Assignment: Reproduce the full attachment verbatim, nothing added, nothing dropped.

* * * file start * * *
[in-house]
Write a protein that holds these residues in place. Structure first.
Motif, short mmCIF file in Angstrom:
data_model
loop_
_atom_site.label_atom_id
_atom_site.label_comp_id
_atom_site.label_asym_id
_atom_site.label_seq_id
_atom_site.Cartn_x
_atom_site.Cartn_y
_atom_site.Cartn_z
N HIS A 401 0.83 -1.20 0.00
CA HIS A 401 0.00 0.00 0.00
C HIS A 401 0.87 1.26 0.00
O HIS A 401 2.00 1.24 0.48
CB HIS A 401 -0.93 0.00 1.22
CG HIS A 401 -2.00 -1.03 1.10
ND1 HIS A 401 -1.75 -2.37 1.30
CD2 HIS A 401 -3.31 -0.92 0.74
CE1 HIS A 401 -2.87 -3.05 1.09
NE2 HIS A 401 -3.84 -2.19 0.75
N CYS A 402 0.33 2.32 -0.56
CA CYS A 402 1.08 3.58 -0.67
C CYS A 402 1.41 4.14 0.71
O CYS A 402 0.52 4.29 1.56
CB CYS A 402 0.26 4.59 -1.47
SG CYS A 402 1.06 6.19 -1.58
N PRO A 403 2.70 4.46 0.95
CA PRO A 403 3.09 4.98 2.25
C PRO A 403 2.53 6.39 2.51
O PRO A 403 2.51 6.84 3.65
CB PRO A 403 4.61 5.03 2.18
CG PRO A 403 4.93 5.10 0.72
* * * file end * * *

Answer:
[in-house]
Write a protein that holds these residues in place. Structure first.
Motif, short mmCIF file in Angstrom:
data_model
loop_
_atom_site.label_atom_id
_atom_site.label_comp_id
_atom_site.label_asym_id
_atom_site.label_seq_id
_atom_site.Cartn_x
_atom_site.Cartn_y
_atom_site.Cartn_z
N HIS A 401 0.83 -1.20 0.00
CA HIS A 401 0.00 0.00 0.00
C HIS A 401 0.87 1.26 0.00
O HIS A 401 2.00 1.24 0.48
CB HIS A 401 -0.93 0.00 1.22
CG HIS A 401 -2.00 -1.03 1.10
ND1 HIS A 401 -1.75 -2.37 1.30
CD2 HIS A 401 -3.31 -0.92 0.74
CE1 HIS A 401 -2.87 -3.05 1.09
NE2 HIS A 401 -3.84 -2.19 0.75
N CYS A 402 0.33 2.32 -0.56
CA CYS A 402 1.08 3.58 -0.67
C CYS A 402 1.41 4.14 0.71
O CYS A 402 0.52 4.29 1.56
CB CYS A 402 0.26 4.59 -1.47
SG CYS A 402 1.06 6.19 -1.58
N PRO A 403 2.70 4.46 0.95
CA PRO A 403 3.09 4.98 2.25
C PRO A 403 2.53 6.39 2.51
O PRO A 403 2.51 6.84 3.65
CB PRO A 403 4.61 5.03 2.18
CG PRO A 403 4.93 5.10 0.72